What in the world?

In early 2015, I started researching mountain bikes for riding single track and rough roads, especially loaded for multi-day bikepacking. I sought to take my overnight rides on my Black Mountain Monster Cross to the next level of rough stuff and distance, maybe even something way out there like the Great Divide Mountain Bike Route. Eventually, I stumbled across, where Jeff explained the inspiration, experimentation, and evolving designs of his frames and forks in a series of detailed articles and videos over some years. I loved his innovative thoughts, iterative process, and hands-on trials, but so many individual pieces seemed so far off conventional thought. How does all that come together?

With no Jones bike to borrow or demo and with virtually no used Jones bike market (that says something), I ultimately took a leap of faith and bought a new, custom built Jones 29+ LWB in the spring of 2018. Jeff spent over two hours on the phone with me going through, in great detail, the selection of every single  component for my build. Every. Single. Component. It was unforgettable. A Mountain Bike By Jeff Jones (decision thought process); Jones 29+ The Build (initial build); Jones 29+ What It Is (first month of riding). After 4 1/2 years of riding, I could not be more pleased.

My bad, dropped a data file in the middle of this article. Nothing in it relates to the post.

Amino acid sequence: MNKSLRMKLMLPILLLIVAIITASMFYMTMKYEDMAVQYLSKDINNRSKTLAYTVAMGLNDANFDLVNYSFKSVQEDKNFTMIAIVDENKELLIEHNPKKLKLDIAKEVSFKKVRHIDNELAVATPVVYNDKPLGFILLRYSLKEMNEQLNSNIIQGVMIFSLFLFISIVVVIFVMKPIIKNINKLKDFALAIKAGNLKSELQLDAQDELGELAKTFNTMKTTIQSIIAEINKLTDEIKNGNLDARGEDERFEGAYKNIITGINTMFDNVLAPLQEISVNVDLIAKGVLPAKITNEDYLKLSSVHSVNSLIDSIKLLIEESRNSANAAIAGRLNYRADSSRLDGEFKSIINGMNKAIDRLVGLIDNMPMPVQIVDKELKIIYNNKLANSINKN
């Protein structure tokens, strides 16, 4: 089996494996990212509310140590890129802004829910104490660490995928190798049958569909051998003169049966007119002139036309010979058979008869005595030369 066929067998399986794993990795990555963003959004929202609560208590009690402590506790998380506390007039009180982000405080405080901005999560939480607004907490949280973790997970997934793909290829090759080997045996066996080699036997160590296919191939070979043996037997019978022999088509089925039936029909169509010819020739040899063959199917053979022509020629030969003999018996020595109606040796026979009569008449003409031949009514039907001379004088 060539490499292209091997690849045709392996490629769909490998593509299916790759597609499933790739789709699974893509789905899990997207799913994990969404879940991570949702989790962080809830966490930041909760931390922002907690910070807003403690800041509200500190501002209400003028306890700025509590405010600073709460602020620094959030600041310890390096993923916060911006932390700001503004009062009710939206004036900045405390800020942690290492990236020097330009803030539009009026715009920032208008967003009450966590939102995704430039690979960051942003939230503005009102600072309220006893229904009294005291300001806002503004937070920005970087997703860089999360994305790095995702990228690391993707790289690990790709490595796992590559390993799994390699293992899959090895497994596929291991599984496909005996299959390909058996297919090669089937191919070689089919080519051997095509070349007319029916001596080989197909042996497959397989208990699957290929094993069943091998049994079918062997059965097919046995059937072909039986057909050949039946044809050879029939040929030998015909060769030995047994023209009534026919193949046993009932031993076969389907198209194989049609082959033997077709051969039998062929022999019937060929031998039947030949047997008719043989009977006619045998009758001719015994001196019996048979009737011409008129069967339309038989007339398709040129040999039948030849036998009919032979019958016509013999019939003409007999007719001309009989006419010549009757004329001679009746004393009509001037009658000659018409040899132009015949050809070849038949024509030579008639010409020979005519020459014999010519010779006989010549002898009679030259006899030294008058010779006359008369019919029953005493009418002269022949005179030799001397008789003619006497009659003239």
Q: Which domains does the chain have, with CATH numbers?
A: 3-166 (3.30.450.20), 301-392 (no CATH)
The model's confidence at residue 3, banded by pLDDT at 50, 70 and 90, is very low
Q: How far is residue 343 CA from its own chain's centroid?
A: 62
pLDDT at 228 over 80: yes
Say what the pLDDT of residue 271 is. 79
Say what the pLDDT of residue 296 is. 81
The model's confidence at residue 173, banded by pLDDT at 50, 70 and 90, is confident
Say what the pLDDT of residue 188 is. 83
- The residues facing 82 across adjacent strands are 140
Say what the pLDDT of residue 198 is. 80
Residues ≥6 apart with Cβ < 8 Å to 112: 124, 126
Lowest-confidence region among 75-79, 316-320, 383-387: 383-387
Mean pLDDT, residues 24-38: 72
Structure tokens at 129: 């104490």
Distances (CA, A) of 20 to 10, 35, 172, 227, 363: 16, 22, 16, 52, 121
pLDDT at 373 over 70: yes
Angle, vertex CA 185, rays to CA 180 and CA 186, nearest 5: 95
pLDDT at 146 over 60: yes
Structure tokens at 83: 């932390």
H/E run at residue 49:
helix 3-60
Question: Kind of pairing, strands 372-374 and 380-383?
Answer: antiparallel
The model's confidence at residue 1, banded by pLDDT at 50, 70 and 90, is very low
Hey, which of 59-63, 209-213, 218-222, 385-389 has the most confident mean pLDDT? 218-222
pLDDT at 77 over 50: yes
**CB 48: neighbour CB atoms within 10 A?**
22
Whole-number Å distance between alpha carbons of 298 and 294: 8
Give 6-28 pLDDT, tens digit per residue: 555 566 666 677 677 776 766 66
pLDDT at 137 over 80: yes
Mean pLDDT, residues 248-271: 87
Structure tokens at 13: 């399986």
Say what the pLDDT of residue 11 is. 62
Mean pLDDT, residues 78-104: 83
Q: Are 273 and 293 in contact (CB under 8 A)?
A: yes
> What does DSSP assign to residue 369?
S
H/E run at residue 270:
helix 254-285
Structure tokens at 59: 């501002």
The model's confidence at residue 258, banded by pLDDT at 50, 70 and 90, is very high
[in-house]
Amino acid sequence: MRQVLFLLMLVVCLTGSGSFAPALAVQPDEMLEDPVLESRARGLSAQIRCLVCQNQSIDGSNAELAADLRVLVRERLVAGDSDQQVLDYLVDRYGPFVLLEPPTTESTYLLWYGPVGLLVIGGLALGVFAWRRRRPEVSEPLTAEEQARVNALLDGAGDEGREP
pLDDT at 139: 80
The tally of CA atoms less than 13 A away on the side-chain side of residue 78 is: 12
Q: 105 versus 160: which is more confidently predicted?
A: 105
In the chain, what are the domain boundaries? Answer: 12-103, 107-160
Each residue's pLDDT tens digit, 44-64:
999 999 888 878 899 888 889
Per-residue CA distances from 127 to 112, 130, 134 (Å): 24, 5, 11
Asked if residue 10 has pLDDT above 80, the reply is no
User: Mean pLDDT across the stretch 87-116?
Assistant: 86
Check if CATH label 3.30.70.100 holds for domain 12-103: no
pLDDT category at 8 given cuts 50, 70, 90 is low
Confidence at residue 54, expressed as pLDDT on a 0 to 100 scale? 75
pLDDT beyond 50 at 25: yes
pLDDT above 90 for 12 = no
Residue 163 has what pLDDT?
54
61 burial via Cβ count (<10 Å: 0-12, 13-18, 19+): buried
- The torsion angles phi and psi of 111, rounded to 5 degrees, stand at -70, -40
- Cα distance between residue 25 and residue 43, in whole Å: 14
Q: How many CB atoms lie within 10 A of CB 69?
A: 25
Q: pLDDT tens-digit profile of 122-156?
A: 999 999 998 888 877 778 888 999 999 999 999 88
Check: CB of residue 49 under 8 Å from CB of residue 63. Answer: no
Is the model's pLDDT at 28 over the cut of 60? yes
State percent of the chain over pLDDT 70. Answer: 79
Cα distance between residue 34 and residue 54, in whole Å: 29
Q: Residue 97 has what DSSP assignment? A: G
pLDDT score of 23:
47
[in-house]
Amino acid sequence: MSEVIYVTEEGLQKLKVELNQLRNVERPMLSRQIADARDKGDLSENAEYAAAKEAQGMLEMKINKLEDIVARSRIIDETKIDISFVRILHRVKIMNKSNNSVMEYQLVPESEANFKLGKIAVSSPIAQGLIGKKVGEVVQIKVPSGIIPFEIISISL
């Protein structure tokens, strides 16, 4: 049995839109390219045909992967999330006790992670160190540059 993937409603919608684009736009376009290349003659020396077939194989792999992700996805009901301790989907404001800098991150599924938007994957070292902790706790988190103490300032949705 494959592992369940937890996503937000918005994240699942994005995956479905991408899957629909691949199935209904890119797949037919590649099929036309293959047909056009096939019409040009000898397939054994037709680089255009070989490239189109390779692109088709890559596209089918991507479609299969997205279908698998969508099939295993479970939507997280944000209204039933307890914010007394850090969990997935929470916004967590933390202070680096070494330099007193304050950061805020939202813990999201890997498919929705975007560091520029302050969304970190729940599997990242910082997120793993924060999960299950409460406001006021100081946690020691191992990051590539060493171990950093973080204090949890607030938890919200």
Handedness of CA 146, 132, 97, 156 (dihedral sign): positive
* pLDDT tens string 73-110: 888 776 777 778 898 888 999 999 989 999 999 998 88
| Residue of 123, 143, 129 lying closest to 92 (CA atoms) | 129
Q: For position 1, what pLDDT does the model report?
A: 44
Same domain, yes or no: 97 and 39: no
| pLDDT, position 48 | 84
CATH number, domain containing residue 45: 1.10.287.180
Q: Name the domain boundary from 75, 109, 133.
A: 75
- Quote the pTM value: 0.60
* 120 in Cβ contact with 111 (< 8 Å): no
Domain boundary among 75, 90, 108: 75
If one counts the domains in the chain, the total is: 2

New bike joy on M-Hill.
(photo by Chani Groseth)

For me, the Jones 29+ is a perfect bike for single track and rough back road riding, loaded or unloaded. It has flawlessly carried me over many miles and days, including my 2021 ride of the entire 2,500+ mile length of the Great Divide Mountain Bike Route. The Jones 29+ performs with exceptional comfort, control, and capacity riding rough stuff all day, day after day after day, fully loaded for touring.

Here's a link to my posts of the Jones 29+ as I prepared for my 7 day ride of the Cloud Peak 500 route in the Big Horn Mountains of Wyoming in August 2020. Gearing Up For Cloud Peak. After Cloud Peak, I reviewed the Jones 29+ to prepare for riding the Great Divide Mountain Bike Route in the summer of 2021. Cloud Peak 500 - Jones 29+ Next Time. Then I analyzed its performance on the Great Divide for future rides, including a possible return. The Great Divide - Jones 29+ No Change. It's worked out great.

My Jones 29+ about 1,000 miles into the Great Divide Mountain Bike Route in 2021.

So, Happy 20th Anniversary to Jeff Jones and Jones Bikes! Thank you for your unique contributions to the bicycling community. I love my Jones 29+ and hope to still be riding it for your 40 year anniversary.

One Of A Kind, The Spinners (1973).